Ecstasy or ‘E’ as it is widely known is an amphetamine known as Methylene-dioxymethamphetamine (MDMA). It is a potent stimulant and mild hallucinogen. This drug is psychologically addictive, meaning that the user could become dependant on the high experienced with Ecstasy.

Ecstasy is known as the ‘designer drug’ of the nineties.

The tablets or capsules come in varying colours and sizes, the original being white with a peace dove on it. Many look similar to Panados. Ecstasy was originally patented back in 1914 as an appetite suppressant, the drug was never licensed and was banned in 1977 in the UK. Because ‘E’ is illegal, it may be ‘cut’ (mixed) with other substances (some of which are physically addictive) like LSD, tranquillizers, amphetamines and codeine (an opiate). Some are even mixed with heroin, cocaine, rat poison, as well as chalk, caffeine and aspirin.

Ecstasy is known as the “party/love/dance’’ drug and is popular at rave or trance parties where techno, house and trance music is played throughout the night. Users see, hear and feel things differently (hallucinations) and it makes the music more meaningful to them. It makes them feel energetic and increases staying power, which enables them to dance all night. People also use it when going out clubbing or to enhance sexual pleasure.

Also known as ‘E’, XTC, doves, love, Adam & Eve, pink Champagne, strawberry sundaes (due to colour), Dennis the Menace, snowballs, apples, Superman, Domes, White Diamonds and Mitsubishis.

How is it used?

Ecstasy is usually swallowed as a tablet or capsule (generally referred to as ‘pills’ by users) but it may be crushed and sniffed or dissolved in a liquid and then drunk.

Symptoms of Ecstasy use:

  • Decrease in co-ordination 
  • Decreased appetite
  • Decreased sleeping and resting 
  • Dilated (large) pupils
  • Blurred vision 
  • Sweating
  • Dry mouth 
  • Thirst
  • Increased body temperature 
  • Muscle spasms
  • Unsteadiness 
  • Jaw clenching and teeth grinding (This is why users often chew gum)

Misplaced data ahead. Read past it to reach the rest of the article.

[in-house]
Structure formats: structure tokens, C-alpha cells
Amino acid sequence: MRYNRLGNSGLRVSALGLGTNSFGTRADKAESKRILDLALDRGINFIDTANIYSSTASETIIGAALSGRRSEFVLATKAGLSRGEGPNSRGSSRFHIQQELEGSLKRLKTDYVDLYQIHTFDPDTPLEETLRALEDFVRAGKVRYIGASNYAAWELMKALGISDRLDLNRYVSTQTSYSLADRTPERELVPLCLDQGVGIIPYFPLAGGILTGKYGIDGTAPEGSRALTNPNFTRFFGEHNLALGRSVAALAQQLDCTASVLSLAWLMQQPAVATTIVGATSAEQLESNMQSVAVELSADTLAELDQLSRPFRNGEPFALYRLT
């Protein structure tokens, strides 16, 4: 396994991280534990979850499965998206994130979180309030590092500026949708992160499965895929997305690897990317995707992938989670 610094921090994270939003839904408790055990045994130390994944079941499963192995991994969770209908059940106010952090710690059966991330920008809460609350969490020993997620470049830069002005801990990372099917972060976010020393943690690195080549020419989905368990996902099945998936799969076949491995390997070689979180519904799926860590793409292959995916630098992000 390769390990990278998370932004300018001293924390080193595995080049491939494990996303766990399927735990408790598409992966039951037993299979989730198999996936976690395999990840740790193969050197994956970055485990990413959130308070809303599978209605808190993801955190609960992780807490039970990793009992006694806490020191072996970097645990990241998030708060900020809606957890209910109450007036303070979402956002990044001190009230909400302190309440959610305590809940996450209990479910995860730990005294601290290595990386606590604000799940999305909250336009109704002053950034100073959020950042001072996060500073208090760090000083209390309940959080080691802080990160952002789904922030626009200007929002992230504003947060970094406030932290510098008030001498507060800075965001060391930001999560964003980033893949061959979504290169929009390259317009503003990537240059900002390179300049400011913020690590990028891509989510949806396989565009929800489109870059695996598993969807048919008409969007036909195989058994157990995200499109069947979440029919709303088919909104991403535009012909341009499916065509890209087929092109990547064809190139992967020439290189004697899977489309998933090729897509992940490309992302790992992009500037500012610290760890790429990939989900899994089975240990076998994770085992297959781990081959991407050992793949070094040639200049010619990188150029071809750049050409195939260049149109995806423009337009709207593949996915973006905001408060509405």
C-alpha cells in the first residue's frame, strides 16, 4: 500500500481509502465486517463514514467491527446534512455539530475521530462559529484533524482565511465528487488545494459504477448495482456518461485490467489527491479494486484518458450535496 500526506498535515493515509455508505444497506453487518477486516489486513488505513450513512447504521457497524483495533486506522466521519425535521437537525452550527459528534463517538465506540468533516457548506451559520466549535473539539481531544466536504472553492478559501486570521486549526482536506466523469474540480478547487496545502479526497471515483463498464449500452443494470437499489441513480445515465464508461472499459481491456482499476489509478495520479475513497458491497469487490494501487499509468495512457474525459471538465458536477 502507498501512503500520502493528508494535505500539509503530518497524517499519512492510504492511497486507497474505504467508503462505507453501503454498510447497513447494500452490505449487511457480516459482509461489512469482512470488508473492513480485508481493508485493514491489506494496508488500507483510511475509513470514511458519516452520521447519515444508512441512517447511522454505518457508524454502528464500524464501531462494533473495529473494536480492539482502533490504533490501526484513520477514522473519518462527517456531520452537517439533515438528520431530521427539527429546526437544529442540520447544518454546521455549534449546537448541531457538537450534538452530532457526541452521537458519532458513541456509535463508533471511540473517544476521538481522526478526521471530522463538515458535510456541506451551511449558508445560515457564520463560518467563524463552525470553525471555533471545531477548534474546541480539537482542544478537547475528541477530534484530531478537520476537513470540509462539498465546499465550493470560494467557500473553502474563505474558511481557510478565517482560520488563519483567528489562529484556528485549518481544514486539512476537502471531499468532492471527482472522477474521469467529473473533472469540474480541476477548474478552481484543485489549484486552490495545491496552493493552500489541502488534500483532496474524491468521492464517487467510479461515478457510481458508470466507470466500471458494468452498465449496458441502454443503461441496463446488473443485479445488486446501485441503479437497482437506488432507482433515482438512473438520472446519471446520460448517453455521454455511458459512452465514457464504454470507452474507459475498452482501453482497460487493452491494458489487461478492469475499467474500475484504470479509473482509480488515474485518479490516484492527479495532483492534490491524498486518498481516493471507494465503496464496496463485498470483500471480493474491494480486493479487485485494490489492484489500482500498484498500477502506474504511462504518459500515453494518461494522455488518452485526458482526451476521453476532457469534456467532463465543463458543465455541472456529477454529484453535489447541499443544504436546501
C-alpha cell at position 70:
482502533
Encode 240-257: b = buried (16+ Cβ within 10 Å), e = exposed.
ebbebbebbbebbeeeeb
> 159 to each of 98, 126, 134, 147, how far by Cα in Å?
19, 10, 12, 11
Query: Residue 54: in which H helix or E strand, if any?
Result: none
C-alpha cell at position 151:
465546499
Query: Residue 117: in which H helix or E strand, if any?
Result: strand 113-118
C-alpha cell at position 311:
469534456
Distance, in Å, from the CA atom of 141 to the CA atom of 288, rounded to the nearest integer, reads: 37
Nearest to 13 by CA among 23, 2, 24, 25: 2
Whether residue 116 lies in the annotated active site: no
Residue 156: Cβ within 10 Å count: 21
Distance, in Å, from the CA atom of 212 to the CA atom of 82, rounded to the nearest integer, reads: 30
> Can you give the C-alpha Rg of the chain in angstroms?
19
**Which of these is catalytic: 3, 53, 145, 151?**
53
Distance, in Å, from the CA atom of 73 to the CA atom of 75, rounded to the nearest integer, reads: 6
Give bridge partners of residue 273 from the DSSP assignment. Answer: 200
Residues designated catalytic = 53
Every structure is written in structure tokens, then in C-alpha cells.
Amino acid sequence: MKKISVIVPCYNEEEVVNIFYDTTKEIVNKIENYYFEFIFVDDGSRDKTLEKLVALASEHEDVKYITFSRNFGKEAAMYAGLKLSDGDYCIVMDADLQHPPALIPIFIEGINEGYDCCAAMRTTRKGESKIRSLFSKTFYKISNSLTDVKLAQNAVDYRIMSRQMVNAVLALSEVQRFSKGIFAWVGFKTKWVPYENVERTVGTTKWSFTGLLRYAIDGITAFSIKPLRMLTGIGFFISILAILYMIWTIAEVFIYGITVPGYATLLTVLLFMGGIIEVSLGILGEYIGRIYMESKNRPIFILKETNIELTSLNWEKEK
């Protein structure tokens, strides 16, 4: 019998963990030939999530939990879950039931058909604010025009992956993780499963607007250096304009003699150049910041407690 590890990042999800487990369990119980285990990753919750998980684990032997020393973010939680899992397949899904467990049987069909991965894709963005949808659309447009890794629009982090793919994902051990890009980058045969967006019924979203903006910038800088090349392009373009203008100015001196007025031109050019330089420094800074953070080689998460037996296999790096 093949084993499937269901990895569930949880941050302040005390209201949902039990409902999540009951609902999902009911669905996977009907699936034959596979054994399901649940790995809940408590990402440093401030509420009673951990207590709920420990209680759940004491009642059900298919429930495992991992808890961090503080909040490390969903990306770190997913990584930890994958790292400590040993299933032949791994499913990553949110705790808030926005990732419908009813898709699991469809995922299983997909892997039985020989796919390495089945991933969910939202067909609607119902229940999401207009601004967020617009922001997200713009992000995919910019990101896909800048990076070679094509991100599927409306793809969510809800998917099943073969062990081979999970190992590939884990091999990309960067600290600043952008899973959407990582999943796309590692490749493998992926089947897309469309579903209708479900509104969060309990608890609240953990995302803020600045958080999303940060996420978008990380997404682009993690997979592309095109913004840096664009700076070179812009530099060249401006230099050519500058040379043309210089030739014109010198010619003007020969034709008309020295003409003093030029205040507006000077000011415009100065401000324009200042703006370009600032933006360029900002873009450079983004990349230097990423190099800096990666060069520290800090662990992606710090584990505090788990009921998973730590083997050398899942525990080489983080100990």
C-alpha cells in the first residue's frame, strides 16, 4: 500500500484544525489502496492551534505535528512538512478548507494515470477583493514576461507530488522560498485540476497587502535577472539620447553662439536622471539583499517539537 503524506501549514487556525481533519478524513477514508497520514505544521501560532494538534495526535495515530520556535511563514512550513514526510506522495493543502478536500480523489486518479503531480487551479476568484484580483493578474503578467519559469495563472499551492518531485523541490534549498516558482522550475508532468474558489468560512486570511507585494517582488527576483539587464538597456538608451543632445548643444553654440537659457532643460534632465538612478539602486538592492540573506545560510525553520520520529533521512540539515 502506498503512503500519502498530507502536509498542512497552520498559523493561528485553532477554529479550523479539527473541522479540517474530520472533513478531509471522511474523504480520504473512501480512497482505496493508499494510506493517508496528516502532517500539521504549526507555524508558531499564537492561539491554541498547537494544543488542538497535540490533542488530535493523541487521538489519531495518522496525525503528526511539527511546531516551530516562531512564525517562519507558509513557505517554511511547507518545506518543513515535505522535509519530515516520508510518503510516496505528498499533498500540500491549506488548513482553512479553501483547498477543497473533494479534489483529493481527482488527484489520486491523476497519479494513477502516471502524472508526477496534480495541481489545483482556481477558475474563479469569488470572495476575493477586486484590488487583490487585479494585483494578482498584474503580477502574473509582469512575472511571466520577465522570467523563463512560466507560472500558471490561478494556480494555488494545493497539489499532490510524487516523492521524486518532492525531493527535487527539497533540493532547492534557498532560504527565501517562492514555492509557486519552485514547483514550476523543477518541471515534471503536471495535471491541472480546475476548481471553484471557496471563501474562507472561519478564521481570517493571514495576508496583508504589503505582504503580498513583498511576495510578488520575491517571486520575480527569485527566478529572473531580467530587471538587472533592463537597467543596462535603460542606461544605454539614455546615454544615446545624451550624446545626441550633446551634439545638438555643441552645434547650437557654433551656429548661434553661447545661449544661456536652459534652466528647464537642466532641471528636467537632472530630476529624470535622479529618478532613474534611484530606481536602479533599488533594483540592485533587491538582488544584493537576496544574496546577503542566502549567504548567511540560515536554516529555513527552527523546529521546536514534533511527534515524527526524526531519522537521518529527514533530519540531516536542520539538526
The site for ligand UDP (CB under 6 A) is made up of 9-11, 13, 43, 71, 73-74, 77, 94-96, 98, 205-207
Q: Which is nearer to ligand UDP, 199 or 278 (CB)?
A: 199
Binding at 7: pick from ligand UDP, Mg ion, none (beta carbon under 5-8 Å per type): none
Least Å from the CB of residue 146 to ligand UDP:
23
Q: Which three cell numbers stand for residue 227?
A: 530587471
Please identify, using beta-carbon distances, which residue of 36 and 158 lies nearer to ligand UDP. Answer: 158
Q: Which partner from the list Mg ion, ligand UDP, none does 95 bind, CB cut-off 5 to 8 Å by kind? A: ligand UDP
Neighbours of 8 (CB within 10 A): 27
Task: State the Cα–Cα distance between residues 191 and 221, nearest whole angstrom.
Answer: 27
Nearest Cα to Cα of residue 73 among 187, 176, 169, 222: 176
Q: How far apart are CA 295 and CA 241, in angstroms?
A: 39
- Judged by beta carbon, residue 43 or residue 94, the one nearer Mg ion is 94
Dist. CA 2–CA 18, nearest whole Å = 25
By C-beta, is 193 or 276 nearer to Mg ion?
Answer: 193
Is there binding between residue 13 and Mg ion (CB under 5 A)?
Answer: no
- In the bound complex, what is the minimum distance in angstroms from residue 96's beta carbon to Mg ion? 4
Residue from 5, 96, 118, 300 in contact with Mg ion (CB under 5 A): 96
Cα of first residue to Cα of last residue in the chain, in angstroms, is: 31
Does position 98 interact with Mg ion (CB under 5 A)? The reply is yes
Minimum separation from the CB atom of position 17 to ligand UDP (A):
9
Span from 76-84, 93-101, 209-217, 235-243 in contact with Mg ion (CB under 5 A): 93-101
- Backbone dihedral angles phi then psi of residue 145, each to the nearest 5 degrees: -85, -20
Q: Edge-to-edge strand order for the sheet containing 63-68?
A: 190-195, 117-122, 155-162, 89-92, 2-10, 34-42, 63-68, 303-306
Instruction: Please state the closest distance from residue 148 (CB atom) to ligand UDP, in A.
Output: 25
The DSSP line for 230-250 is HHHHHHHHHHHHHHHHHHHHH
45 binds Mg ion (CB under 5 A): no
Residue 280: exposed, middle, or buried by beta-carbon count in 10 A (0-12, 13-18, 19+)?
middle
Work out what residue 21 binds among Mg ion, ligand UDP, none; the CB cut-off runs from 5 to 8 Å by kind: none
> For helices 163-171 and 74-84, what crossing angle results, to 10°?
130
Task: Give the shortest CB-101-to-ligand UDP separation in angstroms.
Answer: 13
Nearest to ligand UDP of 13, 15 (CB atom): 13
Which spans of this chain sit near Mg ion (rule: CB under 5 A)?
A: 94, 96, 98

What are the effects of Ecstasy?

  • Decreased inhibitions – the user will become adventurous and not think about the reasoning behind things
  • Energetic
  • Feeling of loving
  • Feeling joyful, happy, peaceful
  • Feeling sexual which may lead to risky sexual behaviour
  • Dehydration (Users need to drink lots of water)
  • Increased blood pressure and heart rate
  • Mental illness
  • Stiff muscles
  • Breathing problems
  • Fits
  • Heat stroke
  • Heart failure
  • Delirium (e.g. Not knowing where they are)
  • Coma
  • Blood clotting
  • Brain haemorrhages (bleeding on the brain)
  • Hallucinations (seeing, hearing or feeling things that are not real)
  • Death – there have been several recorded deaths due to dehydration or heat stroke as a result of using Ecstasy. This is because Ecstasy effects the part of the brain that regulates the need for water intake.

What are the long-term effects of Ecstasy use?

  • Tolerance develops (The user will have to use more of the drug in order to get the same ‘high’)
  • Damage to the brain and liver 
  • Death
  • Depression which could lead to suicide
  • Decreased immune system
  • Sexually transmitted diseases due to high risk sexual behaviour (e.g. HIV/AIDS)

What happens when you STOP using Ecstasy?

  • ‘Come down’ or withdrawal can last up to 24 hours but some of the effects mentioned below can last longer or may have a permanent effect
  • Difficulty eating and sleeping
  • Feeling ‘spaced out’ which is called ‘E-depression’
  • Depression
  • Paranoia
  • Anxiety